What's New: AR everywhere
iOS 11's biggest new arrival relies on third-party app makers, but if they deliver, this change figures to be a huge one. Along with iOS 11, Apple released ARKit, a set of software-development tools designed to help app makers add augmented reality features. While Apple's latest iPhones are built with AR capabilities in mind, even older devices will reap some of ARKit's benefits. All you need is a phone with an A9 processor that's running iOS 11, and my iPhone SE fits the bill.
We're still waiting on ARKit-built apps to hit the App Store, but early access to some apps provided by Apple gives us a taste of what to expect. Ikea built an app that lets you see how the company's furniture will fit into your home; the superimposed furniture looks a little cartoony, but it's a practical example of what AR apps can do.
A Thomas & Friends Minis app creates virtual play sets, which I figure will help keep my daughter amused with AR-fueled train tracks she can assemble. And the next time I'm at an Oakland A's game, I'm looking forward to whipping out the AR-enhanced MLB At Bat app that Apple previewed at its iPhone X launch event so that I can see superimposed stats appear on the field of play.
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Another app we tried is The Machines, a real-time strategy game with mechs and pretty sophisticated graphics. It was fairly easy to place turrets around our virtual board, and it was impressive to hear the sounds of explosions grow louder as we got closer to the action with an iPhone 8.
The augmented reality features built into iOS 11 will shine only if developers take advantage of them. But given app makers' fondness for building iOS apps and the ubiquity of iPhones, I see that happening sooner with iOS 11 than with Google's ARCore.
Files App: No Dropbox killer
iOS 11 introduces one new built-in app. Files aims to let you organize files whether they're stored on your device or in the cloud, giving you quick access to whatever document you happen to be working on. I like that Files works with third-party apps, but to be honest, I found myself going straight to the Dropbox app to access files rather than turning to Apple's built-in solution.
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The app is really part of iOS 11's iPad-centric enhancements — more on those in a bit — and while it's nice to have that included on the iPhone, I really don't see Files becoming an essential part of my workflow. In fact, since Apple started letting you remove built-in apps as of the iOS 10 update, I can easily see myself dispatching Files off to the cornfield.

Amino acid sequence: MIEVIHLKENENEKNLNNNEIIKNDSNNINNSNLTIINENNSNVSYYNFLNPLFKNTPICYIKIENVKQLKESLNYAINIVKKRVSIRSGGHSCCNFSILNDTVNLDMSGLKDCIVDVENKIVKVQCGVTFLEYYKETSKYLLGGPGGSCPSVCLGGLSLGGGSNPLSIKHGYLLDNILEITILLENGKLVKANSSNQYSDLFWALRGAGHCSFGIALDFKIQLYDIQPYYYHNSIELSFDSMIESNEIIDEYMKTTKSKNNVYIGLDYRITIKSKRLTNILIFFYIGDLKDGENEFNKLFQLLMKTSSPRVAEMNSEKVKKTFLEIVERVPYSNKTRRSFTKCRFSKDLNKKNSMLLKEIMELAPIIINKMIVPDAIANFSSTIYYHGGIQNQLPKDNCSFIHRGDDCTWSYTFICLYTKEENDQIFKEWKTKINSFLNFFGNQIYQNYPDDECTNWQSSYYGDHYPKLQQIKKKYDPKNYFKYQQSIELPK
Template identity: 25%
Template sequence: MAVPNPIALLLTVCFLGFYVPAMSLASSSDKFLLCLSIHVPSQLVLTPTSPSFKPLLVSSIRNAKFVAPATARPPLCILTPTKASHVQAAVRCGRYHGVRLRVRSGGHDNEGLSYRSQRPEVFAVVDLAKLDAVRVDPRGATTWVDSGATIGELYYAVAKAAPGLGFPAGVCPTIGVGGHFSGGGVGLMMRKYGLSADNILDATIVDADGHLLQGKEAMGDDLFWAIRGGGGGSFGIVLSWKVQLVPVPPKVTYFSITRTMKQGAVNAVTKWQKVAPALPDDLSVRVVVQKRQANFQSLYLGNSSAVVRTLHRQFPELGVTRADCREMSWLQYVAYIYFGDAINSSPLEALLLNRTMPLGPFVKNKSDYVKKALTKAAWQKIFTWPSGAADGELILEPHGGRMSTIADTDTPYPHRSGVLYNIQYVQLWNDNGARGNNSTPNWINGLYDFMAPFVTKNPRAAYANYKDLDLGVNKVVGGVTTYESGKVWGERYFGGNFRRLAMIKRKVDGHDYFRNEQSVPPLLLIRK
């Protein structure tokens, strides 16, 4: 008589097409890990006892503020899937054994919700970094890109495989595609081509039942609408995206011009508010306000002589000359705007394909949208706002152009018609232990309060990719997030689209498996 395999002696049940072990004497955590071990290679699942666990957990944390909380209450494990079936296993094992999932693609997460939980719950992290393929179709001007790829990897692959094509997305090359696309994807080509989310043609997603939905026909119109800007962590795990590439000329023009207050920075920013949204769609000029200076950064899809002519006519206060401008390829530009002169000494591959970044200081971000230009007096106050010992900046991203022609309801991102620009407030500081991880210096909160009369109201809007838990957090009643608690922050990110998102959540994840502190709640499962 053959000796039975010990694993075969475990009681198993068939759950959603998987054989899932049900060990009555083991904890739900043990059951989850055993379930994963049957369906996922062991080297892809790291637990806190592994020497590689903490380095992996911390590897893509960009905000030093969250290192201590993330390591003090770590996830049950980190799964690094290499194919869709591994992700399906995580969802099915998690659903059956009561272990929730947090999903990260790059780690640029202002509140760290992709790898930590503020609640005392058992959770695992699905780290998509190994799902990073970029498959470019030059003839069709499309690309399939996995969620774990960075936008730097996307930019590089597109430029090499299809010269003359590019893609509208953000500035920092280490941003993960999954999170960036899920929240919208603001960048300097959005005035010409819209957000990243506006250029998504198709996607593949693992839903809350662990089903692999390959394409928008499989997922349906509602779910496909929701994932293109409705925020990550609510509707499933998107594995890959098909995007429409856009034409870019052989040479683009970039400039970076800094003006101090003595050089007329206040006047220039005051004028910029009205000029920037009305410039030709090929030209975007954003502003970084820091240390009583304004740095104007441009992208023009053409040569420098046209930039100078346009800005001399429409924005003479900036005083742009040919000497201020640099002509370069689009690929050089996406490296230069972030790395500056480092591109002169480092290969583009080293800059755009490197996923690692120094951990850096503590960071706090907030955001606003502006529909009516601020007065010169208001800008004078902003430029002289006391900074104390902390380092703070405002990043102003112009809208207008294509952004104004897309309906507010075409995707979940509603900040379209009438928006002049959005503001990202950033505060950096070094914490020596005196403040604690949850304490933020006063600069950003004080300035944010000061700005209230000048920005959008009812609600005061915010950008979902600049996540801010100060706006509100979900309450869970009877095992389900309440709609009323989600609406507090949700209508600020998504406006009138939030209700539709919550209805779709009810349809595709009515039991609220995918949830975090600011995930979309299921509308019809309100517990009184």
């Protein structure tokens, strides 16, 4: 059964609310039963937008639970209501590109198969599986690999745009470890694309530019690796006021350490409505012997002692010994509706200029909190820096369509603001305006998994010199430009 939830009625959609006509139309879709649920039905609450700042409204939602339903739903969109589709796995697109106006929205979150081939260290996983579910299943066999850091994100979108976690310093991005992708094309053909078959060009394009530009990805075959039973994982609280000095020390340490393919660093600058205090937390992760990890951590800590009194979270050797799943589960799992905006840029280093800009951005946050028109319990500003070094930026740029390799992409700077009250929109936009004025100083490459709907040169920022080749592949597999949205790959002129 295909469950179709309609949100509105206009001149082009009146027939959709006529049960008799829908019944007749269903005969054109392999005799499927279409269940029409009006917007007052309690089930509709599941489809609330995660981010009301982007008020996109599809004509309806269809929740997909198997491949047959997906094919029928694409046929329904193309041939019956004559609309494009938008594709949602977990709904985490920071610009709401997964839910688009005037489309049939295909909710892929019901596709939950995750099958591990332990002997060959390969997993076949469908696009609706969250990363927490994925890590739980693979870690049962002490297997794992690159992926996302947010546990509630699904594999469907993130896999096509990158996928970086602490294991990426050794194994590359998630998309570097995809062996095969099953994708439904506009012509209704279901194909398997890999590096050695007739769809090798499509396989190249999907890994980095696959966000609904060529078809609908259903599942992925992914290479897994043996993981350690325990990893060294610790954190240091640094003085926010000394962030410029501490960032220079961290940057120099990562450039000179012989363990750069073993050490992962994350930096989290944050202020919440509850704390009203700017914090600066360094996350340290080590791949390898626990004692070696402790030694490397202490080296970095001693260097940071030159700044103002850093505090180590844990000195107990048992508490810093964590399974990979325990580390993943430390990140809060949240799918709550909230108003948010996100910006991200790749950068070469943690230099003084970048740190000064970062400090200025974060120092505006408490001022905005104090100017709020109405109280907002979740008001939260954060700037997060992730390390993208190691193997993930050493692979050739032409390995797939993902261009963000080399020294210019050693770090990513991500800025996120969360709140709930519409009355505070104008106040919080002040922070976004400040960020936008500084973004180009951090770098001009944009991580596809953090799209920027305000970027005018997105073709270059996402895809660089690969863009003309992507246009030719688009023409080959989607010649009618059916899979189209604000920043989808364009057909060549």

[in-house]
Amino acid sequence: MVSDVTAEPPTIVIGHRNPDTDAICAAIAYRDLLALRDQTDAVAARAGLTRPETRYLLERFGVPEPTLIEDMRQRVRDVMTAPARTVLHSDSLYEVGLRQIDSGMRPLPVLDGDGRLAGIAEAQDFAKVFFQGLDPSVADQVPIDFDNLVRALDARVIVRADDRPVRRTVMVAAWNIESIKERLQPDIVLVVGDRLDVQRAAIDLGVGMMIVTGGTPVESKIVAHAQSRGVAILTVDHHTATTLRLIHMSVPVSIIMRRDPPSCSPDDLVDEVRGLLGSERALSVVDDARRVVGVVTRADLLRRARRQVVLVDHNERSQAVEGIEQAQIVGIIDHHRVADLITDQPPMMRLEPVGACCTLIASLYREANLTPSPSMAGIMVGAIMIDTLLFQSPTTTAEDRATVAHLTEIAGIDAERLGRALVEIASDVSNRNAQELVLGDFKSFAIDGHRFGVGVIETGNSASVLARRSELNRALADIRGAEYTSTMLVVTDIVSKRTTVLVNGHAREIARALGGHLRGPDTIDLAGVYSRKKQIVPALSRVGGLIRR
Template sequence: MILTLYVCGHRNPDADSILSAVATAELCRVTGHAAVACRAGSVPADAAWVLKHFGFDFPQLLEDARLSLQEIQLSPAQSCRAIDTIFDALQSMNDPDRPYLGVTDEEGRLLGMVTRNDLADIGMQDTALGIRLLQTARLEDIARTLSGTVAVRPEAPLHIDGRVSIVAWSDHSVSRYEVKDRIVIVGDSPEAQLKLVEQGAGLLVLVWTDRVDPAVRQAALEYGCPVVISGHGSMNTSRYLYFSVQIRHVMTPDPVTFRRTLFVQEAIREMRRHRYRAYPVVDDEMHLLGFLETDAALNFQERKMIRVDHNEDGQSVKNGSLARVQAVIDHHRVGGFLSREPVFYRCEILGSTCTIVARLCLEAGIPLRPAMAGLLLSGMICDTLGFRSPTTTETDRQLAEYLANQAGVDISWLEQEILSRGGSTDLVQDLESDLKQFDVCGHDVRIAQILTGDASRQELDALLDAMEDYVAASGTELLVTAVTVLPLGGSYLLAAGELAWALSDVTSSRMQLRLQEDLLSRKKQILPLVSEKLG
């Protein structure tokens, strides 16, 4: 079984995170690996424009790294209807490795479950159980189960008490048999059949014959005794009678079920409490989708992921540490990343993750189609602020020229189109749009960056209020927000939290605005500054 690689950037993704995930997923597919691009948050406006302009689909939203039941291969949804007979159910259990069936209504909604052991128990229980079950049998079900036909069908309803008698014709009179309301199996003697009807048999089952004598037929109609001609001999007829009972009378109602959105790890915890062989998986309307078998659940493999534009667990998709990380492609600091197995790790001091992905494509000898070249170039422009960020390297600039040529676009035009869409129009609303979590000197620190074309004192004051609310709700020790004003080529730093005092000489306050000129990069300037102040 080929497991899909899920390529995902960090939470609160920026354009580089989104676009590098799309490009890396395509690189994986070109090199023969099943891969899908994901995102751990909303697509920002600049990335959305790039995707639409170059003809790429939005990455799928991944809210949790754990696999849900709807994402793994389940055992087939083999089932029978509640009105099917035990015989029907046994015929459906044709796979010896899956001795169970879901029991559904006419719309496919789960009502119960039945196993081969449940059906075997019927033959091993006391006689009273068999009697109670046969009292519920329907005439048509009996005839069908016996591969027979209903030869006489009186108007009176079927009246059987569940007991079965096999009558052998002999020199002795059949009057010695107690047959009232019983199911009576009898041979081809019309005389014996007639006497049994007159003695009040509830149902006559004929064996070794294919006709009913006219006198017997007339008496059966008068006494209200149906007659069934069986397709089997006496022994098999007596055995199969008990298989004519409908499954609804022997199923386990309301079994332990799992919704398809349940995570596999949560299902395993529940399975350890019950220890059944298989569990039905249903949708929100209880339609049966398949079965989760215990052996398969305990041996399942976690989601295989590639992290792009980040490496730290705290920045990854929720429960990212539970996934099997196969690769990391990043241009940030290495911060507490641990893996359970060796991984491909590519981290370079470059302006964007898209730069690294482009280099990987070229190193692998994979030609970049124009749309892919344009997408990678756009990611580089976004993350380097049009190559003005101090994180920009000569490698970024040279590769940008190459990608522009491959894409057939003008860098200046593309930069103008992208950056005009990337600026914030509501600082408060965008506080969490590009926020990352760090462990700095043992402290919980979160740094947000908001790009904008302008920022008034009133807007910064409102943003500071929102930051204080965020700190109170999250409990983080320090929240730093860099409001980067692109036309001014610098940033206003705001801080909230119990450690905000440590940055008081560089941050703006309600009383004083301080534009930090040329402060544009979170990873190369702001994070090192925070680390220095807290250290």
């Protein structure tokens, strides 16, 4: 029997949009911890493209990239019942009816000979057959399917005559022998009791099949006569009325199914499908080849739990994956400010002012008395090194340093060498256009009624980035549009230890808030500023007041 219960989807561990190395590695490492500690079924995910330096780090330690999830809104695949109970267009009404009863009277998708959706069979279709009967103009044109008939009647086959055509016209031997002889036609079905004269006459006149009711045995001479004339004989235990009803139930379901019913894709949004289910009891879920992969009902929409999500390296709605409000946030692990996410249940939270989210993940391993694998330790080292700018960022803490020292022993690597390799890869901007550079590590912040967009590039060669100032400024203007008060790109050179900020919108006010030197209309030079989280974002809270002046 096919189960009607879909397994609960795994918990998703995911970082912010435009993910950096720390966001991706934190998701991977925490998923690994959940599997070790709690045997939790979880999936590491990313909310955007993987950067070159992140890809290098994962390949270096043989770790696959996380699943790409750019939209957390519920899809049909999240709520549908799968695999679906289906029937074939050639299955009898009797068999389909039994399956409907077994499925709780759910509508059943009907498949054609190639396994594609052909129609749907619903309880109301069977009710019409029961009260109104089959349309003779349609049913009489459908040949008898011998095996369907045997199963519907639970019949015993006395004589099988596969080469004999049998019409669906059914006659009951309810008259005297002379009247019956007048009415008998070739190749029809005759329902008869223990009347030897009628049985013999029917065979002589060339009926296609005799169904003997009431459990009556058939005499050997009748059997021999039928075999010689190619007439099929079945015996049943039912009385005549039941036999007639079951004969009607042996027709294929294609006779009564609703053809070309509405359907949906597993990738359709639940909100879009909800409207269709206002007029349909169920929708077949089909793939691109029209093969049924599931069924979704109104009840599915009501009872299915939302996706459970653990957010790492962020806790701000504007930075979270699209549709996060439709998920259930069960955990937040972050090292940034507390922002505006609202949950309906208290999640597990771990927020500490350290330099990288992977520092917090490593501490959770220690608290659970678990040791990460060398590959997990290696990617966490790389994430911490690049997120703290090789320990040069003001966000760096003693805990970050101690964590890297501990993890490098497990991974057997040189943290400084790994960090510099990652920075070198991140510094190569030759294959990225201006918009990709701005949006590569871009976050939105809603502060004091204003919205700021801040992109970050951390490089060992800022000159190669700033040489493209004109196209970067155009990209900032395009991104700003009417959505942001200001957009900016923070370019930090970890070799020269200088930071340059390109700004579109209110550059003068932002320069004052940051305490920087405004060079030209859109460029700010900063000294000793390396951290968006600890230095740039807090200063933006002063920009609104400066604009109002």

Siri Becomes a Better Listener
Apple promises improvements to its Siri assistant with each iOS update, and iOS 11 delivers those, to a point. Siri sounds a lot more natural in this incarnation, and while that may not seem like a big change, it does make conversing with the digital assistant feel a lot less awkward.
More helpful is that Siri's a better listener. I use the voice commands to set timers when I'm cooking and my hands are otherwise occupied. In older versions of iOS, there would be a noticeable gap between when I said, "Hey, Siri," and when Apple's assistant acknowledged my voice, the end results being that Siri would hear only the last few words of my request, not know what to do and receive a torrent of foul language from me as a result. Now, Siri starts listening almost instantaneously after I say, "Hey, Siri," and at last I can cook waffles without incident.
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Apple made other changes to Siri, like adding the ability to translate from five languages (Chinese, Spanish, French, German and Italian), which came in handy for me on a recent trip to Germany, where I was able to order in a restaurant without causing any international incidents. Siri also now proactively offers search suggestions in Safari based on the context of what you're reading, and this figures to become more useful as Siri learns your reading habits. Right now, it's still pretty helpful, though, as a news article on the Green Bay Packers will summon up search suggestions on Packers quarterback Aaron Rodgers.
Apple says that Siri's knowledge base has expanded, mainly in the form of more Wikipedia-fueled answers. That may be, but when I have a question that needs answering, I still find myself firing up the iOS version of Google Assistant, which has the advantage of drawing upon Google's more extensive knowledge base. Siri's good for iPhone-specific tasks and can even interact with some third-party apps, but Google's assistant is still the smarter cookie.
Maps: Lane assist and going indoors
Among existing apps, Maps sees the most helpful improvements. A new lane-assist feature in driving directions tells you which lane you should be in for merges and turns, and it's helped me navigate Bay Area freeways with a minimum of agitation.
A setting connected to Maps also extends iOS 11's Do Not Disturb feature to driving, and since turning it on, I've not been bothered by phone calls or texts when I've been behind the wheel. Parents, in particular, will appreciate that addition.
Indoor maps of shopping malls and airports figure to be helpful, particularly if you want to know what restaurant options are within sprinting distance of your departure gate. I particularly like that Apple includes maps for different floors when you're inside a multistory building. The challenge is that Apple is gradually rolling out support, and you might not think to check Maps to see if the indoor mapping feature is available for a particular building. I wish Apple would do more to help you discover this feature, like when it sends you a notification that public-transit information is available in Maps once you arrive in a new city.
Live Photos: Fun new effects